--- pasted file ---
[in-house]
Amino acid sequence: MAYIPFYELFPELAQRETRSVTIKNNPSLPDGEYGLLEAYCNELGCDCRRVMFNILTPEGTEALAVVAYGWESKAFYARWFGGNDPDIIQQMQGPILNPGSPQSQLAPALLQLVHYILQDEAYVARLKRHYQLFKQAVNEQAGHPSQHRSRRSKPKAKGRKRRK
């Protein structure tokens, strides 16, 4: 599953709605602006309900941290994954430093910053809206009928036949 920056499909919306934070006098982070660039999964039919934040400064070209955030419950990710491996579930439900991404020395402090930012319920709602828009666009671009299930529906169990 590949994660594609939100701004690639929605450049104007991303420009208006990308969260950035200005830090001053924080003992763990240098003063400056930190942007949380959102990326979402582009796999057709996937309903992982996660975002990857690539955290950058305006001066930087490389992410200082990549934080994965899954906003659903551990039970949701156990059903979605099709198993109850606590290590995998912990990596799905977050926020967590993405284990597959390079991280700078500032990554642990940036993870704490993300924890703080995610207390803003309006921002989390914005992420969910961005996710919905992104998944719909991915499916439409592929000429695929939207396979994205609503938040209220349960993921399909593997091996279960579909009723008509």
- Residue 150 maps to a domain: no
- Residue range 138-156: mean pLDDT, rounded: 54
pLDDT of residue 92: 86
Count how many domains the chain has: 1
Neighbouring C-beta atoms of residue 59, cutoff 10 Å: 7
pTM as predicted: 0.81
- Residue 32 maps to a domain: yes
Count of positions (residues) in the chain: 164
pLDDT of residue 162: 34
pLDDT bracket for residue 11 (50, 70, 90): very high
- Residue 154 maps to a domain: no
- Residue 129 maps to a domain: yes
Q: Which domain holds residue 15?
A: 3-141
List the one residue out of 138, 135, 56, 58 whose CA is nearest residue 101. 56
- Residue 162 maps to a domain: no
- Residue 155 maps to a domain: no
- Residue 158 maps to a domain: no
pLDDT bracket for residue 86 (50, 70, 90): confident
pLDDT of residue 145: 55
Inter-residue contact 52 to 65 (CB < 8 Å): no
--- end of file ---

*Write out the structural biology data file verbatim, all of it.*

[in-house]
Amino acid sequence: MAYIPFYELFPELAQRETRSVTIKNNPSLPDGEYGLLEAYCNELGCDCRRVMFNILTPEGTEALAVVAYGWESKAFYARWFGGNDPDIIQQMQGPILNPGSPQSQLAPALLQLVHYILQDEAYVARLKRHYQLFKQAVNEQAGHPSQHRSRRSKPKAKGRKRRK
């Protein structure tokens, strides 16, 4: 599953709605602006309900941290994954430093910053809206009928036949 920056499909919306934070006098982070660039999964039919934040400064070209955030419950990710491996579930439900991404020395402090930012319920709602828009666009671009299930529906169990 590949994660594609939100701004690639929605450049104007991303420009208006990308969260950035200005830090001053924080003992763990240098003063400056930190942007949380959102990326979402582009796999057709996937309903992982996660975002990857690539955290950058305006001066930087490389992410200082990549934080994965899954906003659903551990039970949701156990059903979605099709198993109850606590290590995998912990990596799905977050926020967590993405284990597959390079991280700078500032990554642990940036993870704490993300924890703080995610207390803003309006921002989390914005992420969910961005996710919905992104998944719909991915499916439409592929000429695929939207396979994205609503938040209220349960993921399909593997091996279960579909009723008509």
- Residue 150 maps to a domain: no
- Residue range 138-156: mean pLDDT, rounded: 54
pLDDT of residue 92: 86
Count how many domains the chain has: 1
Neighbouring C-beta atoms of residue 59, cutoff 10 Å: 7
pTM as predicted: 0.81
- Residue 32 maps to a domain: yes
Count of positions (residues) in the chain: 164
pLDDT of residue 162: 34
pLDDT bracket for residue 11 (50, 70, 90): very high
- Residue 154 maps to a domain: no
- Residue 129 maps to a domain: yes
Q: Which domain holds residue 15?
A: 3-141
List the one residue out of 138, 135, 56, 58 whose CA is nearest residue 101. 56
- Residue 162 maps to a domain: no
- Residue 155 maps to a domain: no
- Residue 158 maps to a domain: no
pLDDT bracket for residue 86 (50, 70, 90): confident
pLDDT of residue 145: 55
Inter-residue contact 52 to 65 (CB < 8 Å): no